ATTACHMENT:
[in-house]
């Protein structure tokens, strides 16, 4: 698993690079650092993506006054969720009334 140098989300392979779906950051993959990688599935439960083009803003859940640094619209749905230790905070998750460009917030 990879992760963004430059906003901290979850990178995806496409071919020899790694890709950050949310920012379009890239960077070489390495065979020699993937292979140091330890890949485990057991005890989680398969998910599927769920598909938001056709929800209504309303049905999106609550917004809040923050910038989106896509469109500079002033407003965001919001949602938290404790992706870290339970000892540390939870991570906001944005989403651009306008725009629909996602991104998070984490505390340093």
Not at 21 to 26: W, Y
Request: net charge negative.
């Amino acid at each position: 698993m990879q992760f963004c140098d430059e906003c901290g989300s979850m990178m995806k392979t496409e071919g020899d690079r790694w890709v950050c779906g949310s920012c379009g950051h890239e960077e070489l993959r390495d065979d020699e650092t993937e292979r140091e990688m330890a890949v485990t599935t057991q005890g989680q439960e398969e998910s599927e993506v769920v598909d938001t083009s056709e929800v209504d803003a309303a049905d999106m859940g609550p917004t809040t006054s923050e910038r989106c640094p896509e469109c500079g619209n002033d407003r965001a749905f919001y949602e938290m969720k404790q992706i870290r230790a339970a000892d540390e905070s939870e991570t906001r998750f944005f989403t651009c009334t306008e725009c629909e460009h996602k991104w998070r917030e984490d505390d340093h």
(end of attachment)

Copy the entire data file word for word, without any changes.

[in-house]
């Protein structure tokens, strides 16, 4: 698993690079650092993506006054969720009334 140098989300392979779906950051993959990688599935439960083009803003859940640094619209749905230790905070998750460009917030 990879992760963004430059906003901290979850990178995806496409071919020899790694890709950050949310920012379009890239960077070489390495065979020699993937292979140091330890890949485990057991005890989680398969998910599927769920598909938001056709929800209504309303049905999106609550917004809040923050910038989106896509469109500079002033407003965001919001949602938290404790992706870290339970000892540390939870991570906001944005989403651009306008725009629909996602991104998070984490505390340093």
Not at 21 to 26: W, Y
Request: net charge negative.
């Amino acid at each position: 698993m990879q992760f963004c140098d430059e906003c901290g989300s979850m990178m995806k392979t496409e071919g020899d690079r790694w890709v950050c779906g949310s920012c379009g950051h890239e960077e070489l993959r390495d065979d020699e650092t993937e292979r140091e990688m330890a890949v485990t599935t057991q005890g989680q439960e398969e998910s599927e993506v769920v598909d938001t083009s056709e929800v209504d803003a309303a049905d999106m859940g609550p917004t809040t006054s923050e910038r989106c640094p896509e469109c500079g619209n002033d407003r965001a749905f919001y949602e938290m969720k404790q992706i870290r230790a339970a000892d540390e905070s939870e991570t906001r998750f944005f989403t651009c009334t306008e725009c629909e460009h996602k991104w998070r917030e984490d505390d340093h």